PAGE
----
DeSantis charges emergency declarations aim ‘to sow fear into the population’
Published August 7, 2022 at 12:26pm
Health officials have acknowledged that the monkeypox outbreak is driven by sexual activity between men, but the FDA is allowing doctors to administer the vaccine to children under 18 on a case-by-case basis.
And with the declaration Thursday by the Biden administration that the outbreak is a public health emergency, the FDA could issue emergency use authorization for children to receive the JYNNEOS vaccine, which is licensed for use against smallpox, note Children’s Health Defense, the vaccine-injury-awareness group founded by Robert F. Kennedy Jr.
CHD pointed out that the JYNNEOS vaccine, delivered in a two-dose series, was not tested through clinical trials in children.
However, the FDA told ABC News “numerous” children have been granted access to the vaccine through a special permission process.
ABC said that if “a doctor decides a person under 18 was exposed to monkeypox and the benefit of the vaccine is greater than any potential risk, they can submit a request to the FDA.”
Following declarations by three Democratic governors, the Biden administration on Thursday declared the monkeypox outbreak a public health emergency.
Florida Republican Gov. Ron DeSantis, meanwhile, has said his state will “focus on the facts” and not “do fear,” Fox News Digital reported.
“I am so sick of politicians – and we saw this with COVID – trying to sow fear into the population,” he said at a news conference Wednesday. “We had people calling, mothers worried about whether their kids could catch it at school.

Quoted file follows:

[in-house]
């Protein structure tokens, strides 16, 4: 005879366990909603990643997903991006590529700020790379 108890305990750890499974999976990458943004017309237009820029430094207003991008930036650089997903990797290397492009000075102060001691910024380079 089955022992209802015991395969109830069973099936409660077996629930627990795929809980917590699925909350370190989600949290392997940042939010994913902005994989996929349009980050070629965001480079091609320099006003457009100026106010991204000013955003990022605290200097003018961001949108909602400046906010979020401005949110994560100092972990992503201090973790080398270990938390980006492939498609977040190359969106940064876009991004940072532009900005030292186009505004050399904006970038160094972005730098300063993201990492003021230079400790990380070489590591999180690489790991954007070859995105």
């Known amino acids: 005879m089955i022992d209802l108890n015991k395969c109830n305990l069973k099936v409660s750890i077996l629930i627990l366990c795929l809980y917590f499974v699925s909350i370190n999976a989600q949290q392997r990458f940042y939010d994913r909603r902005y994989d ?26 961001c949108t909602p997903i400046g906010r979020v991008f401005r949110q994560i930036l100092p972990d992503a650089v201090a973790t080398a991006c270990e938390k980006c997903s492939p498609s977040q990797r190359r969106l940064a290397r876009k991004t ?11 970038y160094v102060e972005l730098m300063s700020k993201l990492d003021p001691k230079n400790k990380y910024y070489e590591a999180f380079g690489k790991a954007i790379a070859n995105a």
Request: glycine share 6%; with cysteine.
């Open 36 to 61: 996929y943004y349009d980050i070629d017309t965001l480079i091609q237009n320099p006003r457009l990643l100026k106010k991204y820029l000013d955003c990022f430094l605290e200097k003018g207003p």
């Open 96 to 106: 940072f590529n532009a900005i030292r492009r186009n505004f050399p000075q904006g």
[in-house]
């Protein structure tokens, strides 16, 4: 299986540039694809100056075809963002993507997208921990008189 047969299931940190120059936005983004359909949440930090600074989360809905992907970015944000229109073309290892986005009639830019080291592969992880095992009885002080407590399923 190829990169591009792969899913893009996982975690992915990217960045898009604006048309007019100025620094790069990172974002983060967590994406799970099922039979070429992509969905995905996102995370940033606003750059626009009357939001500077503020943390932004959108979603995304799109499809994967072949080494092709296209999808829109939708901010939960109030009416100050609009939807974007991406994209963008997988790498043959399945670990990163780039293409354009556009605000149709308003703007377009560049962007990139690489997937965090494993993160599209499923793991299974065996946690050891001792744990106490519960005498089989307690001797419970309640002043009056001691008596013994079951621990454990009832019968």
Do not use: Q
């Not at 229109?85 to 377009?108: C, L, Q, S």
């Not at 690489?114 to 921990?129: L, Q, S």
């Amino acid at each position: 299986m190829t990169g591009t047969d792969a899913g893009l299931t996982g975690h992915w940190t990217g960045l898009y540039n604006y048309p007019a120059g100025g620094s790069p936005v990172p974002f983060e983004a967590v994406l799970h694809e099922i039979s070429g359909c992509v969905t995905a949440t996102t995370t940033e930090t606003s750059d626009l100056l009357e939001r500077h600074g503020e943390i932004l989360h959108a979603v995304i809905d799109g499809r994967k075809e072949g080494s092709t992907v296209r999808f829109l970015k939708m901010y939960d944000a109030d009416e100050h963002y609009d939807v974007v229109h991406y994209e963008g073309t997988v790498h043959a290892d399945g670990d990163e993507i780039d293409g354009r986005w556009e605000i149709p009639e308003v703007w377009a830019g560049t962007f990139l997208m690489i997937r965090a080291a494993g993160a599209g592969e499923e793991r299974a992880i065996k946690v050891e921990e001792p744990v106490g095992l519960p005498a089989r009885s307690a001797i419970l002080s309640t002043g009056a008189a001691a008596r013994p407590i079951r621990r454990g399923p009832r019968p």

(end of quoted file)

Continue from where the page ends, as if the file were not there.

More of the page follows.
“We are not doing fear,” the governor continued. “And, we are not going to go out and try to rile people up and try to act like people can’t live their lives as they’ve been normally doing because of something.”
He predicted that leaders of states that declared emergencies – Govs. Kathy Hochul of New York, Gavin Newsom of California and J.B. Pritzker of Illinois – would abuse their power and restrict the freedom of citizens, just as they did with the COVID-19 pandemic.
The Centers for Disease Control and Prevention’s latest figures show 6,617 confirmed cases nationwide. Around the world, only five deaths have been attributed to monkeypox.
In June, CDC recommended that travelers wear a mask to protect themselves from monkeypox despite the agency’s acknowledgement that the outbreak was driven by direct contact and largely through gay sexual activities.
The CDC then removed the advice from its website “following social-media posts criticizing the agency for what they called mixed messages over the risk posed by the virus.”